How Partners Use Emotional Abuse to Exert Control
Abusers need to put you down or punish you to feel on top of the world.
Posted Sep 04, 2019
Emotional abuse is a pattern of behavior used to achieve and maintain power or regain control over another person by systematically punishing them, damaging their self-confidence, or making them lose trust in their own perceptions. Emotional abusers diminish their partners in an attempt to establish or reaffirm their perceived power. Their dark personalities allow them to remain blissfully ignorant of their own character.
The destructive stranglehold emotional abuse has on its victims reduces their well-being to rubble, leaving them feeling so worthless or wicked that they may believe they deserve the abuse. Others may become conditioned to believe that they are crazy because the abuser continues to deny the abuse or uses secret methods to make their victim feel crazy. This is also known as gaslighting.
One kind of emotional abuse that often escapes detection is passive aggression, a pattern of indirect hostility that can take the form of subtle insults, sullen behavior, stubbornness, or a deliberate failure to accomplish promised tasks. Because passive-aggressive behavior is so subtle, it can be hard to distinguish from normal forgetfulness, distraction, work stress, or ephemeral dysphoria. But the victim may suffer serious psychological consequences nonetheless.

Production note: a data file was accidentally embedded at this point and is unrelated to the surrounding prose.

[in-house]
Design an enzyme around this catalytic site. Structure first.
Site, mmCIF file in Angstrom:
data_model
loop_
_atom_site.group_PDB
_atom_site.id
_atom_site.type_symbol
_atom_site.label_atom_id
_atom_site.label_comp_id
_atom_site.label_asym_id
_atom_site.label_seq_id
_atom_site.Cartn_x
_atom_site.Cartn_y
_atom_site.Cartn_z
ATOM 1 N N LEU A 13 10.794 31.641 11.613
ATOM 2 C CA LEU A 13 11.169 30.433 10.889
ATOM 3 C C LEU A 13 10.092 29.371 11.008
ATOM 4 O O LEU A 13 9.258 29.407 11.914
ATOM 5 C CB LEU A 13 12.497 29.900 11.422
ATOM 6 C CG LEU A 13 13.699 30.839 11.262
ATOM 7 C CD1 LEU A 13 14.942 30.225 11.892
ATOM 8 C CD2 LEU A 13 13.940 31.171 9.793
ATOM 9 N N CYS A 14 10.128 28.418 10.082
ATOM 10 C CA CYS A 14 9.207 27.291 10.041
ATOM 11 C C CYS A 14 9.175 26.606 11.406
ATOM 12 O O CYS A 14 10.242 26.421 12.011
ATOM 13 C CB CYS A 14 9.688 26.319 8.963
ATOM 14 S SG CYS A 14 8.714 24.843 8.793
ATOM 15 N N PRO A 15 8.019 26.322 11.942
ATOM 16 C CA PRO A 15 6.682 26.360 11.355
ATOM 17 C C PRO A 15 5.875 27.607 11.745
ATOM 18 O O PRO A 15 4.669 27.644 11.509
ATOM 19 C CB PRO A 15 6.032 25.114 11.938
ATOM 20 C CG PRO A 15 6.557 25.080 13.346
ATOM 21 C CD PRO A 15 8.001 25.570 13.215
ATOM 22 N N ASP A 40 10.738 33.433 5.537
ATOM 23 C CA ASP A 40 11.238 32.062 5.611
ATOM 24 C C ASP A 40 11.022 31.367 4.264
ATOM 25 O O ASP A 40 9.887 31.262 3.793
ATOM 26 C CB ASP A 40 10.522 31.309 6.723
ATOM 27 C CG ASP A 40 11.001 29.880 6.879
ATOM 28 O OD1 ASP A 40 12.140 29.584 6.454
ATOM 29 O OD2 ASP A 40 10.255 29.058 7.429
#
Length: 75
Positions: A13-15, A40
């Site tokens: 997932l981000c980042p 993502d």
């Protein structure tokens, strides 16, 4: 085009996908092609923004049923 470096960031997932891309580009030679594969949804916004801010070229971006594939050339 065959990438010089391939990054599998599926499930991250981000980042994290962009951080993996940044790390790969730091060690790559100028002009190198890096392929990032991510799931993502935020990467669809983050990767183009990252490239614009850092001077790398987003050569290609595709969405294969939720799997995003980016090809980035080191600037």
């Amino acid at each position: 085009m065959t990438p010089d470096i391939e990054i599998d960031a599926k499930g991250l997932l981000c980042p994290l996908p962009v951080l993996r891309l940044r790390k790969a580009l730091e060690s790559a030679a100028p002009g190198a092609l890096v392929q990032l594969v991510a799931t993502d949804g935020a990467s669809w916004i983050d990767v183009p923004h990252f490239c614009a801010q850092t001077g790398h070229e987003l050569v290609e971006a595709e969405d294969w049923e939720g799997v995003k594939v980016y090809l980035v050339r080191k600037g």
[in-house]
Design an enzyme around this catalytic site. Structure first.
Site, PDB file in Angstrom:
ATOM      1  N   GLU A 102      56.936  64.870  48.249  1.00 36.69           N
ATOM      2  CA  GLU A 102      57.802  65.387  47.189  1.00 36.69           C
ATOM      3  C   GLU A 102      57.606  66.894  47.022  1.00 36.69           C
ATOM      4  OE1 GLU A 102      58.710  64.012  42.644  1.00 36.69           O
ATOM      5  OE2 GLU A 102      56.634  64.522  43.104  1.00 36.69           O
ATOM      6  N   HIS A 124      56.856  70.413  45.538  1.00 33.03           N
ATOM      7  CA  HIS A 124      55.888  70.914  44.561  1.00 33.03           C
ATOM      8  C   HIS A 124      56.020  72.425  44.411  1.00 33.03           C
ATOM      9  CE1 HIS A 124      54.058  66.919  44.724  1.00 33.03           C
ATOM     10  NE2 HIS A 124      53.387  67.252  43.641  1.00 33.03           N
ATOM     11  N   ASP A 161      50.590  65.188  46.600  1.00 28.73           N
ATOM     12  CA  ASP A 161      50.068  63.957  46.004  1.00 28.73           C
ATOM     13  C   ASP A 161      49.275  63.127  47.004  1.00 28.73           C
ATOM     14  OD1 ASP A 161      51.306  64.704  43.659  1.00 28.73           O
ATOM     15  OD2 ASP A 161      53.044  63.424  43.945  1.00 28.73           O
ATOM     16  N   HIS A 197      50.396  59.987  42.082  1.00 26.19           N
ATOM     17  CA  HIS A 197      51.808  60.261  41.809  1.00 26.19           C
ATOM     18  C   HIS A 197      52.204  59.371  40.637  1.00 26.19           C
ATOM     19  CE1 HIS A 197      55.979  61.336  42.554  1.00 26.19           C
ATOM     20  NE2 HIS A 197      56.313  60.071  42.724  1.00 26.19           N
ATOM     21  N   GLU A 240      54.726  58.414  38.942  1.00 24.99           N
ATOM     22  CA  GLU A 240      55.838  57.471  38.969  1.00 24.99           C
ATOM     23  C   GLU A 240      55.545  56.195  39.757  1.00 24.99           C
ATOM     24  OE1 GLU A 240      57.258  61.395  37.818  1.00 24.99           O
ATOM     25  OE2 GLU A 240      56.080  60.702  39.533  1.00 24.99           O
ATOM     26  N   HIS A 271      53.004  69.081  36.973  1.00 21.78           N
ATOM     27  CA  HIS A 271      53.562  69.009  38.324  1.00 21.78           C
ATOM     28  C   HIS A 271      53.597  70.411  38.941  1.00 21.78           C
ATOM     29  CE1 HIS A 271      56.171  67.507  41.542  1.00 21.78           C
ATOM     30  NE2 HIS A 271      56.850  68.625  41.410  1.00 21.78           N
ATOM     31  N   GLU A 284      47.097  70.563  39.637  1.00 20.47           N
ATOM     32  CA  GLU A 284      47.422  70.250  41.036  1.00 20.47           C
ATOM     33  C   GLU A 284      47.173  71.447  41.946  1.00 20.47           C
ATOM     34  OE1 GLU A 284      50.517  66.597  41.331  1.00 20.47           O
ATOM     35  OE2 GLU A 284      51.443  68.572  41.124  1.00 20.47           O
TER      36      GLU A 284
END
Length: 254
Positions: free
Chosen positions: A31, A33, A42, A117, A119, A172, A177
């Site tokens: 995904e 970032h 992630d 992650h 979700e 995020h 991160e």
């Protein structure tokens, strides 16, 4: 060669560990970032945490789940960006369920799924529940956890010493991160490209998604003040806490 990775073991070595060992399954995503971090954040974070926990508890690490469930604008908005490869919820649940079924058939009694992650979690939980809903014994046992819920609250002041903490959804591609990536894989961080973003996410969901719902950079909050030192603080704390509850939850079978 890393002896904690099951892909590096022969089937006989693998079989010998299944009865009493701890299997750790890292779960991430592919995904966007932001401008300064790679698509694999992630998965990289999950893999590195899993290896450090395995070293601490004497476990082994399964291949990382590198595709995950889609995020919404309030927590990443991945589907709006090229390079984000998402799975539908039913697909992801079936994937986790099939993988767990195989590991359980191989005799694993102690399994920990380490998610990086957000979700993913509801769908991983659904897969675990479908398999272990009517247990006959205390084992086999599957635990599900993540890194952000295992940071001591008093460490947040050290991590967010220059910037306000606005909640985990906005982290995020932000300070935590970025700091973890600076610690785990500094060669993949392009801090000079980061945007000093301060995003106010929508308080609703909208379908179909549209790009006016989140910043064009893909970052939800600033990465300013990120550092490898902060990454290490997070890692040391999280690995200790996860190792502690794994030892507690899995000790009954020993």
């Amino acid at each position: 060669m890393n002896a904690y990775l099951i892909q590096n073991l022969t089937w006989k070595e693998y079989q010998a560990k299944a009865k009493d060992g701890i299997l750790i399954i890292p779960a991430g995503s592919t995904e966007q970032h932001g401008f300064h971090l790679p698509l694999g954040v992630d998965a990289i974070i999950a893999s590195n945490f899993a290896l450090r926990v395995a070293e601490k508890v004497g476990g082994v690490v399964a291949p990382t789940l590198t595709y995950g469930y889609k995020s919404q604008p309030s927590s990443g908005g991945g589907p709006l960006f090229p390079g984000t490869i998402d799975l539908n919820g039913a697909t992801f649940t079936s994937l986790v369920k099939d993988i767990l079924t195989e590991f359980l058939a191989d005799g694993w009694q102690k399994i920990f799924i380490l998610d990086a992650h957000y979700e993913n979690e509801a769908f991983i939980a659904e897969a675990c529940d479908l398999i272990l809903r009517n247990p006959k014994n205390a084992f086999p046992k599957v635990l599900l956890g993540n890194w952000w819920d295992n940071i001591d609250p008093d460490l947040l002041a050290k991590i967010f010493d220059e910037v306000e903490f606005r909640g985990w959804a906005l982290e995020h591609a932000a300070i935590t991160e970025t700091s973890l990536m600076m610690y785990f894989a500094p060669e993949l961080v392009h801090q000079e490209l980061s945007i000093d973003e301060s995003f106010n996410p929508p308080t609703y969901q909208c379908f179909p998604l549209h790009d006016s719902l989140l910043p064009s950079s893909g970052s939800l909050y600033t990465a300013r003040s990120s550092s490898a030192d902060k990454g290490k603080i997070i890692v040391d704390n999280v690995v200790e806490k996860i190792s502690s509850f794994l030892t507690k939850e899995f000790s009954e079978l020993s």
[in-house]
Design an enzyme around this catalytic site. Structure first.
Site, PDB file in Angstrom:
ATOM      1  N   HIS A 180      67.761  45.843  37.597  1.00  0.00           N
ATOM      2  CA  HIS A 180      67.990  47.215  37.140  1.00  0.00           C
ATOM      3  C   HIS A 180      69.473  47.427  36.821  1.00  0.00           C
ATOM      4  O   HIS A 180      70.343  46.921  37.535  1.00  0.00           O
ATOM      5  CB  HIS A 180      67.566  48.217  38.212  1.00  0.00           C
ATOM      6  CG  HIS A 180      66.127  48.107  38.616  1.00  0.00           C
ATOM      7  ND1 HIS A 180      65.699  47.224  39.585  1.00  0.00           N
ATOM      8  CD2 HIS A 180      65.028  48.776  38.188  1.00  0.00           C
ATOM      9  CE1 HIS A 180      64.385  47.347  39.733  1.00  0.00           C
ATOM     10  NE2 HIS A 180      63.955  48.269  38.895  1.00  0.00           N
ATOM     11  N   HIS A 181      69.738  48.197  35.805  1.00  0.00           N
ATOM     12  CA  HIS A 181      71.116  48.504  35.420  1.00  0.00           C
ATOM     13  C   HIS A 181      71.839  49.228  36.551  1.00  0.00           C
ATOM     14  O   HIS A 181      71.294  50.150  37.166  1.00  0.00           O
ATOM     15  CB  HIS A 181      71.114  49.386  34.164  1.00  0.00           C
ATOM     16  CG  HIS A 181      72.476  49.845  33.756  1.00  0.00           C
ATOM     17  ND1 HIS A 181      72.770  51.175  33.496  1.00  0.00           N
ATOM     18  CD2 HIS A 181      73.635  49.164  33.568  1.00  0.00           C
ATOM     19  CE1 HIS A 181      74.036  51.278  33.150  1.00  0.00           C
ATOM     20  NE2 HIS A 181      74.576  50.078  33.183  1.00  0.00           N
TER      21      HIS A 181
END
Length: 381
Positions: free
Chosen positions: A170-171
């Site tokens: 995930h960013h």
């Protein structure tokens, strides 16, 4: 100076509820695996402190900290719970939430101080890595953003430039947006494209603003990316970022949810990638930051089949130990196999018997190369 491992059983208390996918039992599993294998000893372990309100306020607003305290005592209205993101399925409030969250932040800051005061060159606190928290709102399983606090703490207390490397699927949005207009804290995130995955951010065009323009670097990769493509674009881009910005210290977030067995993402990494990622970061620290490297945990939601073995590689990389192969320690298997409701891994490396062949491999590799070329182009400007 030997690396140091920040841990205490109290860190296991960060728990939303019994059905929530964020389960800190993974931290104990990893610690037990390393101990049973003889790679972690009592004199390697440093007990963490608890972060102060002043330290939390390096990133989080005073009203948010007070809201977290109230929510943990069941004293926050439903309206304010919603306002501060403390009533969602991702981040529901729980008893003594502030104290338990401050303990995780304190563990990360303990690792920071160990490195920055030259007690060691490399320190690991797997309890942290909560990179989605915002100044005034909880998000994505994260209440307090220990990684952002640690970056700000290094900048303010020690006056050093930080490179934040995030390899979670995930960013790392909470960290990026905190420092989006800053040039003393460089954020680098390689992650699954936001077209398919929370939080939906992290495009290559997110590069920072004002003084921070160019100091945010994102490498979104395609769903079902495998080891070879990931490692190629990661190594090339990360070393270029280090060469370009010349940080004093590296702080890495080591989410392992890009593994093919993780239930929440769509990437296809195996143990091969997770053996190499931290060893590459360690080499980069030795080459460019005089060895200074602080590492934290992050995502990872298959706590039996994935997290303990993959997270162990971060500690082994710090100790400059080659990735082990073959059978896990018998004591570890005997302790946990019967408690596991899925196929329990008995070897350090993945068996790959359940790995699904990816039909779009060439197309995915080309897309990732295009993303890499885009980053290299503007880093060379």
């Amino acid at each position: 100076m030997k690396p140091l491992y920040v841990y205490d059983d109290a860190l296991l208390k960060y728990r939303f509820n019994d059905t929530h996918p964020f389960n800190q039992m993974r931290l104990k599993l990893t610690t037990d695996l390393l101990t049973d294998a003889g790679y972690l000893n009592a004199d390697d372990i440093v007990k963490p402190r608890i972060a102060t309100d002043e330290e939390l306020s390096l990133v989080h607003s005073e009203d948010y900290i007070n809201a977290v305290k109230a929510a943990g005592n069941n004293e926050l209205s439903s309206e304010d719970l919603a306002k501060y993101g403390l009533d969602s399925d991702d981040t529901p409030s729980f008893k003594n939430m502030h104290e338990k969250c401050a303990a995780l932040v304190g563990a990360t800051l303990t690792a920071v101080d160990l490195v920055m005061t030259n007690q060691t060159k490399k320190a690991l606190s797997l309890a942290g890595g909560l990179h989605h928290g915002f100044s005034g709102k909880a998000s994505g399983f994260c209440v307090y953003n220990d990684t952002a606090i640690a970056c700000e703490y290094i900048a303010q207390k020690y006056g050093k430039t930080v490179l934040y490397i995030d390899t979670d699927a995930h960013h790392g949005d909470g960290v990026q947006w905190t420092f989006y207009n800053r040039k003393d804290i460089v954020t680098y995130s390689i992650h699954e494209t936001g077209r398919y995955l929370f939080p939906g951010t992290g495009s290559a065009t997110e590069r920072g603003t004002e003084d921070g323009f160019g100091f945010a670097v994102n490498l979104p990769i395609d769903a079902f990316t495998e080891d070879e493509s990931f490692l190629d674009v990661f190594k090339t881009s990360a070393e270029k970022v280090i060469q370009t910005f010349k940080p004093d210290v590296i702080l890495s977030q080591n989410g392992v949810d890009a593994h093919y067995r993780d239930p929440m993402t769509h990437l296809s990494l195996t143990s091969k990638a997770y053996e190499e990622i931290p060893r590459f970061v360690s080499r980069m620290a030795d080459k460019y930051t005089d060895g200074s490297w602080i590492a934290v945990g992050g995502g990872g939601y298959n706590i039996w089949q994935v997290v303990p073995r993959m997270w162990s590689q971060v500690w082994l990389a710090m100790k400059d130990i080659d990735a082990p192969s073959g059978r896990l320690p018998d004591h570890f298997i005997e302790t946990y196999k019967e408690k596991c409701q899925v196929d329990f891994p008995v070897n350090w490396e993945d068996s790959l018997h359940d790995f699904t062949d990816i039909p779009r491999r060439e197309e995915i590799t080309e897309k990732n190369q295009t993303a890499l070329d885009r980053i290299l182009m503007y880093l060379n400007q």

Hatred and contempt tend to give rise to different patterns of abuse. Because contempt involves disrespect for its target, abusers motivated by contempt think they have complete power over their partner and intend it to stay that way. They often engage in abuse that further cripples the victim’s self-esteem or reminds them of their worthlessness and lowly status.
Condescension is a form of contempt-based emotional abuse. It wears away at the victim’s sense of self-worth by trivializing their accomplishments or diminishing their competence, intelligence, youthfulness or physical appearance. When verbalized, it may sound like this:
- Yeah sure, your blog post is fine. I just don’t see why you needed to spend all Sunday writing it.
- See, that’s why I have to be the one to handle the money.
- You can't understand what I am talking about.
- Hurry up, or I’m leaving you in the parking lot!
- Did you remember to brush your teeth?
- Look at how fat you've gotten.
Contempt-based emotional abuse can also take the grisly form of public shaming. To punish his 13-year-old daughter, Izabel, Jeff Laxamana, a resident of Tacoma, Washington, cut off her long hair. Afterward, he uploaded a 15-second video to YouTube. The video opens with a shot of a short-haired girl in a black tee staring at the camera. Jeff's voice can be heard in the background:
“The consequences of getting messed up, man, you lost all that beautiful hair.” The camera pans down to long strands of black hair scattered on the floor. “Was it worth it?”
“No,” she replies obediently.
“How many times did I warn you?” The father asks.